The Awakened Ones

It is slow reading but rewarding...

Gananath Obeyesekere's "The Awakened Ones: Phenomenology of Visionary Experience" ...

He is a distinguished anthropologist and his book described as an 'essay' (after the manner of Locke) pays its respects in its title to William James' 'The Varieties of Religious Experience'. Like James he writes well and he allows his theoretical insights to emerge from concrete example and those insights are presented in a way akin to Wittgenstein's 'forms of life': they compose a way of regarding what is presented rather than giving a structured argument.

It is compelling not least because, though a tenured professor in the United States, he comes from Sri Lanka and from a rooted, respectful, agnostic Buddhist background. His task is to present a case for 'vision' as a way of coming to and offering knowledge. The rationality of modernity should not have the last say. That we need reason is a truism that we o…

An Episode of Sparrows

Lovejoy Mason, a child abandoned by her mother to her landlord's care while she pursues a fading career on the stage, wants a garden. Her first attempt is thwarted by the angry attention of a gang of boys but in the process, she lures Tip, the gang's leader, into being her helpmate. A second attempt is launched to whose success Lovejoy bends the egocentric will of childhood, made doubly effective by its underlying innocence, drawing Tip along in her wake.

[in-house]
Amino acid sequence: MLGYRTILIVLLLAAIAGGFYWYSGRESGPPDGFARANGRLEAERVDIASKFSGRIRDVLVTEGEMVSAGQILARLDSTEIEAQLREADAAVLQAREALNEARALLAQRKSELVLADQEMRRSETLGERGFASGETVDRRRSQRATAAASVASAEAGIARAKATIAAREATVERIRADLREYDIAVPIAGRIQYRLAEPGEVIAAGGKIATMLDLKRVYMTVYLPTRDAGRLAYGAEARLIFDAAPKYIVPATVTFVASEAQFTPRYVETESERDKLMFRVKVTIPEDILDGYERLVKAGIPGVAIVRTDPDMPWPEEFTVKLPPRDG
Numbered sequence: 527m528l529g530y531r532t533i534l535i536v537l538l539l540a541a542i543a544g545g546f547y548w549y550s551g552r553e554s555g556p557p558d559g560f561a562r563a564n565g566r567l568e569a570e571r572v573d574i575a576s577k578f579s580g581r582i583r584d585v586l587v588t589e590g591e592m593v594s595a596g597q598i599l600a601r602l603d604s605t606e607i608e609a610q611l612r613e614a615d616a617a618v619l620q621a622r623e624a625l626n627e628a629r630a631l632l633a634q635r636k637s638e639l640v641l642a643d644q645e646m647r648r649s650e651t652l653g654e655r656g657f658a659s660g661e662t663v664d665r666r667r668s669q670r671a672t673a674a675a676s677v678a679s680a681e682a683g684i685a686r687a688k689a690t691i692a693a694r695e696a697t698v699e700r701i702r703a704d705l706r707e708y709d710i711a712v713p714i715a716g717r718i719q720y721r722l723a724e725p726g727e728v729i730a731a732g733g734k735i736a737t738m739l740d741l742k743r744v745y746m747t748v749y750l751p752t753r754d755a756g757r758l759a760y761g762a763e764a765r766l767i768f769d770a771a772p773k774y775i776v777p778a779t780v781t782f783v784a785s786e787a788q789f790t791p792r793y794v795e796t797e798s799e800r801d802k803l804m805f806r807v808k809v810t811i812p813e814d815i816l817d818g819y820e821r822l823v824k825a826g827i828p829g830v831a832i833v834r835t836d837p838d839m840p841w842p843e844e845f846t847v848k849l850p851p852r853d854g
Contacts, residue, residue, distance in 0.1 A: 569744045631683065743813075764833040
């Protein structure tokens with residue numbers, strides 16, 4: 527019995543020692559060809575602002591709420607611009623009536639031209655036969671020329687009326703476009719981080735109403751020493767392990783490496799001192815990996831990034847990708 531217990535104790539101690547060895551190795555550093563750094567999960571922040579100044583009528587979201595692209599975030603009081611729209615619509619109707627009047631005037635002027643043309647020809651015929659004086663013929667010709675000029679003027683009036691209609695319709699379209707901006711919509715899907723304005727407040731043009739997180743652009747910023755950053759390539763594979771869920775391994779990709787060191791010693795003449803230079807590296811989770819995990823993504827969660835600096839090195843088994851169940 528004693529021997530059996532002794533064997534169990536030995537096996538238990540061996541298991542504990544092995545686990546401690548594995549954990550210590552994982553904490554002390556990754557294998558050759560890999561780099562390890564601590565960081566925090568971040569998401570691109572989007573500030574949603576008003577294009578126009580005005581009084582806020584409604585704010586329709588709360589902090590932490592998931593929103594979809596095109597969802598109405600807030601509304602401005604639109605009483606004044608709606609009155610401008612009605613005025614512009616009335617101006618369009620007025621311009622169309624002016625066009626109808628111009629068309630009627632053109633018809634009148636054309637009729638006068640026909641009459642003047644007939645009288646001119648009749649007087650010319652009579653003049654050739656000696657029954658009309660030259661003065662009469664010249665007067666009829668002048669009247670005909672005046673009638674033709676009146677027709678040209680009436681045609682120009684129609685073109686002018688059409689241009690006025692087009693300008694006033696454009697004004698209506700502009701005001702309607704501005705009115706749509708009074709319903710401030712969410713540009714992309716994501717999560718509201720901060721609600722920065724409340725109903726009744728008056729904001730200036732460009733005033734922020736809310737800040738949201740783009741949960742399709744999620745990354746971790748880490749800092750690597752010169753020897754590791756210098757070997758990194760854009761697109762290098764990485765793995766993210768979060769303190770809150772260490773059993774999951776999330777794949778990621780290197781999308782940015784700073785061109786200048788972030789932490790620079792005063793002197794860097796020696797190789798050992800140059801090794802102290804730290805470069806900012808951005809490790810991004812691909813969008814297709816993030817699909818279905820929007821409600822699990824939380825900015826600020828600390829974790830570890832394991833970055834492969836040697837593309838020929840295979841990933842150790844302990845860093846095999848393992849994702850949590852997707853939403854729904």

The garden, however, needs 'good garden earth' that can be bought from the Army and Navy store for seven shillings and six a bag or 'borrowed' from the nearby Square: a borrowing that must occur by night and one very much perceived as stealing by the formidable Angela, head of the Square's Garden committee, doyen of 'good works' and of 'pity'.

Lovejoy and Tip are from the Street: a lower order altogether than the Square and imagine 'dirt' is common to all and there for the taking.

Introducing Blake and finding forgiveness

Recently I was reading a collection of essays by the remarkable Jungian analyst, Helen Luke and came across a reference to, and quotation from, Max Plowman's 'An Introduction to the Study of William Blake'. It was arresting and I turned to the notes to find the reference, not least because I had never heard of Plowman. I was dispirited on noticing that the book had been published in 1927; however, heartened to discover it had been reprinted by 'BiblioLife' as a historical reproduction.

Plowman had joined an ambulance unit in the First World War before he decided, despite his hatred of war, that others should not be responsible for fighting it. He joined an infantry regiment, was commissioned, injured and treated by W.H. Rivers before deciding to resign his commission as a conscientious objector. Pacifism became a central thread of his subsequent life as editor, journalist and activist.

Never has a book been more modestly named as Plowman's 'Introduction…

Somethings never change

One of the illusions you hold to working for an international development organisation is that evidence counts in policy making...

I remember sitting in the office of the then (and possibly now) Minister of Health of a substantial country, listening to a patient explanation by the appropriate local experts of the barriers dis-advantaged and poor people faced in accessing medical care. However, it was the intervention of a story of one victim of that exclusion, who happened to be a military veteran, that visibly tipped the balance in the subsequent (and highly favourable) decision making process. Emotion triumphed where evidence merely provided a cloaking rationale.

I was reminded of this in finishing Stephen Platt's excellent book on the Taiping Civil War in China in the nineteenth century.

The continuing refrain might be never allow evidence to impinge on, let alone correct, your view of reality.

I think every principal character acted from belief not evidence - what people imag…